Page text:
Badly designed motorway signs are causing dangerous driving, report claims

Will Metcalfe
A report has said motorway junction numbers should be moved from the left as their location is contributing to careless driving. (PA)

Badly designed signs are contributing to careless driving on Britain’s motorways, officials have been told.

Transport Focus said that Highways England should review the layout of junction signs after claims that too many were hidden by overgrown verges or high-sided lorries.

According to the Times, a report by the group sats obscured junction numbers frequently led to drivers making last-ditch manoeuvres to pull off the motorway, including swerving across two or three lanes and driving over solid white chevrons.

Some even reversed back along the motorway after missing a junction.

Transport Focus said that part of the problem was that junction numbers were typically positioned in the bottom left-hand corner of motorway signs, where they were easily obscured and called for them to be repositioned to make them more visible.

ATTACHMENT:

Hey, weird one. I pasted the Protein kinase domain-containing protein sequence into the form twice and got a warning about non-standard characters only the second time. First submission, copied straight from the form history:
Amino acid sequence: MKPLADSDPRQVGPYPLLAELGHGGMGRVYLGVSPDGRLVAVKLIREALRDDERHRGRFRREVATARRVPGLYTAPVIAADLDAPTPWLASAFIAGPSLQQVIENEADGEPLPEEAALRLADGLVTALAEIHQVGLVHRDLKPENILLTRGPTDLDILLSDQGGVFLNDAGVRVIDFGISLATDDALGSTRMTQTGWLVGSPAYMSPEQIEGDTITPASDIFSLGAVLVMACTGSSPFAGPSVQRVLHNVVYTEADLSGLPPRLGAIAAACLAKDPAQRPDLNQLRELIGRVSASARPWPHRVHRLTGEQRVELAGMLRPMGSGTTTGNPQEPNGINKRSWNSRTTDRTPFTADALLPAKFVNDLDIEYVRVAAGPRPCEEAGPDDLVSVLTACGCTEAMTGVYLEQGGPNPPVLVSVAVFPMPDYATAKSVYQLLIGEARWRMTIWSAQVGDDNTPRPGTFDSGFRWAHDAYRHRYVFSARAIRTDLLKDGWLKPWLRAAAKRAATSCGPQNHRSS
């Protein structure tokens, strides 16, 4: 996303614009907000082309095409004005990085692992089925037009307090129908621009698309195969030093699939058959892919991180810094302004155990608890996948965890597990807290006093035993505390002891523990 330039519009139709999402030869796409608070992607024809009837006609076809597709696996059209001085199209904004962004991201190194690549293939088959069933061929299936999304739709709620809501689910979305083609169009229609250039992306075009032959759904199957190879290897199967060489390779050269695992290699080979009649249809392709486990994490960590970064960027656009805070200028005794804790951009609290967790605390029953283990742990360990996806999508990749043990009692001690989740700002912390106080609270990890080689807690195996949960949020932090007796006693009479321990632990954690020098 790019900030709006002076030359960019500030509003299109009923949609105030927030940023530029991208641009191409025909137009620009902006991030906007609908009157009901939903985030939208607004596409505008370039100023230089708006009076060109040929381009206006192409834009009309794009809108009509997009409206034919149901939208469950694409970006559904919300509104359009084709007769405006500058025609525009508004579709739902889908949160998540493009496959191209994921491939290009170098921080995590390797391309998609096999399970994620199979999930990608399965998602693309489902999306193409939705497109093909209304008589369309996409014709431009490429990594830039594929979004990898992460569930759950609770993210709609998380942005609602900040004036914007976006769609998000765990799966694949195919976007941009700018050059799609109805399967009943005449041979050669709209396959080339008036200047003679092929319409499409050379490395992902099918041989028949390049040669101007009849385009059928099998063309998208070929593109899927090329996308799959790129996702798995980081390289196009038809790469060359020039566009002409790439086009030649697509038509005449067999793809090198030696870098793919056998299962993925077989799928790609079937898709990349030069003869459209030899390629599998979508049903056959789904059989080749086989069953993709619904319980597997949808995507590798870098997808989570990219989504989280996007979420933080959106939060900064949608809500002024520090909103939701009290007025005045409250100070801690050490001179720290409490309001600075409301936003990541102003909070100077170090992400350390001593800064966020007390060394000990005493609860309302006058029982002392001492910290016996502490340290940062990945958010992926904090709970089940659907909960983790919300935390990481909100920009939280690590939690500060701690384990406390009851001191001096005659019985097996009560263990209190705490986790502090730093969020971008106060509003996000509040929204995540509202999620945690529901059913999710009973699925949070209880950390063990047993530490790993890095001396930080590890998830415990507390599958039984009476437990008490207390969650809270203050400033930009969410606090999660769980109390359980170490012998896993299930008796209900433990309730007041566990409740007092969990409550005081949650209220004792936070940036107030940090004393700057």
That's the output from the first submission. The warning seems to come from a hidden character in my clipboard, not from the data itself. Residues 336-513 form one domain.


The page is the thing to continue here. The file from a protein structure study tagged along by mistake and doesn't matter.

Overgrowth obscures a motorway sign on the M4. (PA)

Figures from the Department for Transport show that there were 752 accidents around motorway junctions in 2017, including nine fatal crashes and 90 that caused serious injuries. Almost one in six accidents on motorways occurred at junctions.

Traffic has increased more quickly on motorways than other roads in recent years. Vehicles travelled 68 billion miles on motorways last year, up by 30 per cent over the past two decades, three times the increase on other roads.

Anthony Smith, chief executive of Transport Focus, said that the position of junction numbers “can lead to careless driving, which could perhaps be prevented”.

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According to Transport Focus 17% of drivers admitted to making an unsafe manoeuvre.

A further 29% said that they had missed a junction after failing to notice the number.

Highways England said: “We welcome any research which we can add to our own insight to help us better understand road users’ needs and improve their experiences on our roads.”

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